Egge said the National Alzheimer's Project Act, introduced last February, is "poised for passage in this Congress." The act would require the Department of Health and Human Services to create a national strategy for overcoming Alzheimer's disease and coordinate research on the disease across federal agencies.
Despite the panelists' enthusiasm for reducing the amount of anti-psychotic drugs given to dementia patients, several experts contacted by MedPage Today/ABC News did not think that over-medication was a problem. "It is a good example of well-meaning people, who do not know what they are doing, criticizing what is mostly appropriate care," Dr. Clifford Saper, chairman of the neurology department at Harvard Medical School, in Boston, said in an email.
"Many patients with dementia have active hallucinations and delusions," Saper continued. "They may act on these, and try to run away, abuse other patients, or create havoc. These behavioral outbursts are the main reason that most families end up placing a loved one in a nursing home." Of course, if there are patients being over-sedated for the sake of the staff's convenience, that should be addressed, he added.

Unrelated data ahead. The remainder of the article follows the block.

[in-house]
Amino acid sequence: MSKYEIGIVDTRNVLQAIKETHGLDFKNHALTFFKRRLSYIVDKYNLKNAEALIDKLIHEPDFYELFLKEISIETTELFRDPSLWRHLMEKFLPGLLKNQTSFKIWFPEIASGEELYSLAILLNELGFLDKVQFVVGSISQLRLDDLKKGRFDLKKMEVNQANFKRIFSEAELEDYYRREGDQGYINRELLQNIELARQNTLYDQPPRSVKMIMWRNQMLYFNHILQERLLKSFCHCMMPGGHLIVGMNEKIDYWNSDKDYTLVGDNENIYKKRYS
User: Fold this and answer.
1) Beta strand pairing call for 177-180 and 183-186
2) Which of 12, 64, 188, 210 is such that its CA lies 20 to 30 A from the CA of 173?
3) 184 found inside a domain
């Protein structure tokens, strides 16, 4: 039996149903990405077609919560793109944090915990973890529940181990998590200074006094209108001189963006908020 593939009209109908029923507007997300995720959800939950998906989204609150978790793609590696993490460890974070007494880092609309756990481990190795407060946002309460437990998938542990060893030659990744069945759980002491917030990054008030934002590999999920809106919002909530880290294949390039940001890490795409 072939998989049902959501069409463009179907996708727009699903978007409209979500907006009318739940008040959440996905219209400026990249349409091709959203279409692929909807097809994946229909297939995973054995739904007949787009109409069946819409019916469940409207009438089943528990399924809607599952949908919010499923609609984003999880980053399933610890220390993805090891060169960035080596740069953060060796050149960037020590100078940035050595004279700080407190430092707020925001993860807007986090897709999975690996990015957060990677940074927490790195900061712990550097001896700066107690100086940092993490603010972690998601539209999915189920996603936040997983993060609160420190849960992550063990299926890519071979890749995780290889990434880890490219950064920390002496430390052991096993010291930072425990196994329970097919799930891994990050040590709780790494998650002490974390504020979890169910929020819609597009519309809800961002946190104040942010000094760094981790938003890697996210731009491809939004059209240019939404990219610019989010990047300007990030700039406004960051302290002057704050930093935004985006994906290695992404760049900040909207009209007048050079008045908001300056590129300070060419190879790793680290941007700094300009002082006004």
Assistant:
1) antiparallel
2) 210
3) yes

Dr. Martin Farlow, director of the clinical core of the Indiana Alzheimer Disease Center at Indiana University, in Indianapolis, noted in an email that "patients with severe-stage dementias may develop severe behavioral problems, with verbal and physical aggression often features ... Without [the] option [of] drugs, many care facilities would refuse care of these patients, who are often very difficult to care for even with drugs."
A reasonable approach, Farlow said, would be "for these medications to be used when necessary, communicating side effects to family or caregivers, [starting] low [in] dose, then going slow in increasing dose and reassessing frequently for side effects and to determine when the drug is no longer necessary."